Fortunately this has been done without losing any of its romance or sacrificing the impeccable personal service that the richest and most powerful visitors to the city expect. Over the years, these guests have included Spanish kings, Japanese emperors, and American presidents, as well as just about every journalist and media boss from all around the world. The bars and restaurants are popular and open to the public. The most pleasant is the lovely glass-roofed L’Orangerie, where guests can indulge in a lavish breakfast spread out beneath the streaming rays of the morning sun. Also highly rated is the La Bourgogne restaurant.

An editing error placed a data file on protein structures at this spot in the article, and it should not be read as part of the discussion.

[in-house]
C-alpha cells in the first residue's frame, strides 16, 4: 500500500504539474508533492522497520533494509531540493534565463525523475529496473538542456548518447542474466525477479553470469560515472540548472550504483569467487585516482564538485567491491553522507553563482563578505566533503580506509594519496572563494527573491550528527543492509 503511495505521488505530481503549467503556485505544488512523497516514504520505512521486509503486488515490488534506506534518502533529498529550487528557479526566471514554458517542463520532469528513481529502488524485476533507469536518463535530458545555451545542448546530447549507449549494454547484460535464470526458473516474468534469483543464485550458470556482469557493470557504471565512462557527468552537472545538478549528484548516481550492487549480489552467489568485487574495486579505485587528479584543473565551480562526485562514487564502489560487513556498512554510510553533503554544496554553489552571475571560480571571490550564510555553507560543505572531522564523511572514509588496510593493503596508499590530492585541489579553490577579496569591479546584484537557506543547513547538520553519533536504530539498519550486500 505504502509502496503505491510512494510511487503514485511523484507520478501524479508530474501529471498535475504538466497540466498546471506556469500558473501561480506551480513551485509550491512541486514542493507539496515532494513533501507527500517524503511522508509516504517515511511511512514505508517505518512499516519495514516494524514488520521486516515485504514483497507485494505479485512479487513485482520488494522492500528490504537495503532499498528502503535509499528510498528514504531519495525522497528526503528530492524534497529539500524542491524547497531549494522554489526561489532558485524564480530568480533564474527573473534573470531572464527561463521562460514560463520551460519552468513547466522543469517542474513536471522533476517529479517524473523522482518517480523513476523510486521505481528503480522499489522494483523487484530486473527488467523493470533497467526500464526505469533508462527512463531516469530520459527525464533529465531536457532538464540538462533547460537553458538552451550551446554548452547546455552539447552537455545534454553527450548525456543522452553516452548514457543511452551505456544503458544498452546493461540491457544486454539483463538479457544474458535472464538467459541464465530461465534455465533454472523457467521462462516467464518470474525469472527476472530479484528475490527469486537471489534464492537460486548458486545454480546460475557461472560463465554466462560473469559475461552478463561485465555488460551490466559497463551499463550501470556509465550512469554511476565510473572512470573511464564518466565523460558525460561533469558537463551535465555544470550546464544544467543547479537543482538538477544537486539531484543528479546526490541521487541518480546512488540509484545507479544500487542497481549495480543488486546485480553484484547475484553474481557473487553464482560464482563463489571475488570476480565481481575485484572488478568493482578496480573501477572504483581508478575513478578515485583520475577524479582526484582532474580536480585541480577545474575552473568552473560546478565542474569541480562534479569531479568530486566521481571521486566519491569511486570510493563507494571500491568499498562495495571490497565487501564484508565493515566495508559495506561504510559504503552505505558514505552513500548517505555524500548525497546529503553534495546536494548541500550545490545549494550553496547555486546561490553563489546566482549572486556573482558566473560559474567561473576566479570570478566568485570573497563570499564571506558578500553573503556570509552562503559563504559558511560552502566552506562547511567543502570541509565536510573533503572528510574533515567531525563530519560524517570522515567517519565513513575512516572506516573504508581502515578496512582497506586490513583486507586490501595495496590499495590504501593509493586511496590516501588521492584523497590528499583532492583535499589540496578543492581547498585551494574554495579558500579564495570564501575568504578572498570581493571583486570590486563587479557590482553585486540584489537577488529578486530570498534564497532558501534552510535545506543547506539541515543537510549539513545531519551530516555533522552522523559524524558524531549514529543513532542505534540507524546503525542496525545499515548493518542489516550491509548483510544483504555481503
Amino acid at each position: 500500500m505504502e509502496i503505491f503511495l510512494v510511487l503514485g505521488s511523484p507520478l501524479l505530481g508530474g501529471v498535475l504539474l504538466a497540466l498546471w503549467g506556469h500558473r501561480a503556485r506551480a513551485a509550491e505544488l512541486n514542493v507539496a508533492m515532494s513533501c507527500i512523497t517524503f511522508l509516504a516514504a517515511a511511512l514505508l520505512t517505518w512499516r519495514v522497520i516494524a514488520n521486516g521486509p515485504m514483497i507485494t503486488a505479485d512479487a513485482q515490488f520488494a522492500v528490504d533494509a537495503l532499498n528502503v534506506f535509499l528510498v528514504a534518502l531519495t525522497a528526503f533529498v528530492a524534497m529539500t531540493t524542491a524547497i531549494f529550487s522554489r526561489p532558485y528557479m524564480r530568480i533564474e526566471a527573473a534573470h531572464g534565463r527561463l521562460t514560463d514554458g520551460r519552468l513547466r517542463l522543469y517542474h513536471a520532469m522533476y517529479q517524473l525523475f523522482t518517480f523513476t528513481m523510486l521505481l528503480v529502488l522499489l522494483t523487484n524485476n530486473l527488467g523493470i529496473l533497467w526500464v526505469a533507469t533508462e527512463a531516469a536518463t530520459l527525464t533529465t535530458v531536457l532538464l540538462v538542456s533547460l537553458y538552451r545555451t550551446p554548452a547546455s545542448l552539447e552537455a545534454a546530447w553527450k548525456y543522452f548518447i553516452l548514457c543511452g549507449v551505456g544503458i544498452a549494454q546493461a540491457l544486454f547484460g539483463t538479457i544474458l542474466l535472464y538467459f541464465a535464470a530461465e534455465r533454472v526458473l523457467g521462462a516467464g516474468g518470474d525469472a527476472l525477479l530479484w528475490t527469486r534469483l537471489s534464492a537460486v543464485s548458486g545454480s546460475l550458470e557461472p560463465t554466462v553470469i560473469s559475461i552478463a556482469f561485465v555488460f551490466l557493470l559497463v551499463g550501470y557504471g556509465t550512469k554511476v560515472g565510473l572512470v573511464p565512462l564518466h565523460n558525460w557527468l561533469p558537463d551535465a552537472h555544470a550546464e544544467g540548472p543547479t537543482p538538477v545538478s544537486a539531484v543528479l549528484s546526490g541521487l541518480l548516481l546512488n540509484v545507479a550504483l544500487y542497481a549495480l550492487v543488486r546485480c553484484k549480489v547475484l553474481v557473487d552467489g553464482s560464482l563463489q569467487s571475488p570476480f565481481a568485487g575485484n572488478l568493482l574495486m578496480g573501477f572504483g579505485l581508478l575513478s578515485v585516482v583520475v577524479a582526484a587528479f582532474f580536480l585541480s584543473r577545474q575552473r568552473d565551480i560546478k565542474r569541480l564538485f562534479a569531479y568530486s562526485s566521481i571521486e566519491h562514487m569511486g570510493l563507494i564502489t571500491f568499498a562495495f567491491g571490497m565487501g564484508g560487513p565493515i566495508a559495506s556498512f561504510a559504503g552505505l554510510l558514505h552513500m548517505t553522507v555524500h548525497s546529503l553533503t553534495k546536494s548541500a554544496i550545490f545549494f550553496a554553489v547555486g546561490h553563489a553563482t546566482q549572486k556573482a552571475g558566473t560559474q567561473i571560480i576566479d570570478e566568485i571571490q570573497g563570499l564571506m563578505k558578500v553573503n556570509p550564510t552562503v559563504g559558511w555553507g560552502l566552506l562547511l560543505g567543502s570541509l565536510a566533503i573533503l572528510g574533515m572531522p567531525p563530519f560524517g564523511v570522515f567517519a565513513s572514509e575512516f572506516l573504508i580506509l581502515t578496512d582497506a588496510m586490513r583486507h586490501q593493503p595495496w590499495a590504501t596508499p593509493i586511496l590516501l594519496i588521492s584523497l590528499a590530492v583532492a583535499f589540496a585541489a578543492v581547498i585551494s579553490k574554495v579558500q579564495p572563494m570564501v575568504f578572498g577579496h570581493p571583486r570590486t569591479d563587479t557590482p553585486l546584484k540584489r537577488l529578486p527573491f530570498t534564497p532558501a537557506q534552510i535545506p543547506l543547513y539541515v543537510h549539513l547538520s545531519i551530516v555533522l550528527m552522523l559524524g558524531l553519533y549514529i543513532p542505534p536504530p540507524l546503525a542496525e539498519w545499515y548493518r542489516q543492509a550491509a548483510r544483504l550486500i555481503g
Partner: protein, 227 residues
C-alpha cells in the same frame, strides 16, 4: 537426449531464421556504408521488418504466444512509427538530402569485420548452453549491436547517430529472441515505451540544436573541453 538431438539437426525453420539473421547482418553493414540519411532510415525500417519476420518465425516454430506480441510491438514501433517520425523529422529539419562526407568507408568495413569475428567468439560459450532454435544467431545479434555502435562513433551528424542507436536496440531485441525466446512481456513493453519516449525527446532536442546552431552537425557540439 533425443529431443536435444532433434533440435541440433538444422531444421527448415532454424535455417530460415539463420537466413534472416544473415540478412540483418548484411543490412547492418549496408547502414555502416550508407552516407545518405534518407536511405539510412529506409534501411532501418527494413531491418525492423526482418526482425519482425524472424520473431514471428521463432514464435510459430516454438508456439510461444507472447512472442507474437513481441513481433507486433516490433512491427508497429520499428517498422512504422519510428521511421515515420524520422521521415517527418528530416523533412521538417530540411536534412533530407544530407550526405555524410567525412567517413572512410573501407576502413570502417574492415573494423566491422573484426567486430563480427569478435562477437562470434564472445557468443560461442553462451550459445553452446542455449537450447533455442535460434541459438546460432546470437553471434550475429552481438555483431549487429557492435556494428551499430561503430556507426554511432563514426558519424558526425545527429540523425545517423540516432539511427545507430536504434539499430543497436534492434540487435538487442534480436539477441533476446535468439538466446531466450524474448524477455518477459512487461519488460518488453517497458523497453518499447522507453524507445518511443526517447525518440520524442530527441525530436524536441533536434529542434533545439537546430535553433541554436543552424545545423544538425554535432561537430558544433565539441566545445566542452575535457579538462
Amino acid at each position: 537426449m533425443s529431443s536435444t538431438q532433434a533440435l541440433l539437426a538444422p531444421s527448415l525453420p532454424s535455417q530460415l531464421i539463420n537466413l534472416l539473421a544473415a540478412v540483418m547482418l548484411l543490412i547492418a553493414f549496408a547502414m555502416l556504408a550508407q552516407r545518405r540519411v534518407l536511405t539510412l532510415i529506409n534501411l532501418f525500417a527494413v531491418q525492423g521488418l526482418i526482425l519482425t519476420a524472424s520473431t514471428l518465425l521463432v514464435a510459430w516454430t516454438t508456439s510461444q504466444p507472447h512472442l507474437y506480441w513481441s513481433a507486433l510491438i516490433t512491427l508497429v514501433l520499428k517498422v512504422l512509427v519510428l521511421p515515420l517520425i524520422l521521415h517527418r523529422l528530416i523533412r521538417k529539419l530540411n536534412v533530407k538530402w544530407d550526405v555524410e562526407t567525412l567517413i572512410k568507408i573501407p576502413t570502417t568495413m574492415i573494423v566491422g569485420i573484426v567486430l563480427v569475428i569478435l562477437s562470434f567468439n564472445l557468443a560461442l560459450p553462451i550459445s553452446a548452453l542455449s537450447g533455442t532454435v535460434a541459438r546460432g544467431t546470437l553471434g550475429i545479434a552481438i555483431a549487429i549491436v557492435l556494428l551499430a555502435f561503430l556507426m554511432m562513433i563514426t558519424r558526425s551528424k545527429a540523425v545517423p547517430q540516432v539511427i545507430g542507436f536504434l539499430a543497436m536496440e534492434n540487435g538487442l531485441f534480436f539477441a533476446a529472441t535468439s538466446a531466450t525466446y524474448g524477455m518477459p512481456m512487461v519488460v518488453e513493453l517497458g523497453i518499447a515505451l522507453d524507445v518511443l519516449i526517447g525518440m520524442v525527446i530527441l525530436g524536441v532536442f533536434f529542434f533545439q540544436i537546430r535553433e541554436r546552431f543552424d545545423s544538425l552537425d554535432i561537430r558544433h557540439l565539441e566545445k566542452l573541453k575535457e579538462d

5. Palais de Glace

Officially known as the National Palace of the Arts, the Palais de Glace (Palace of Ice) was inaugurated in 1910. It was initially designed to hold an iceskating rink, modeled closely on Paris’s own Palais de Glace. The ice-rink idea did not prove popular and in 1915 the palace became a tango ballroom, and during the 1920s it was the city’s key party venue. In 1931, the building was donated to the Fine Arts Institute and became an art gallery. From 1954 to 1960 it was used as a tele vision studio for the channel Canal Siete. The palace was later converted back into an art gallery and declared a National Monument in 2004.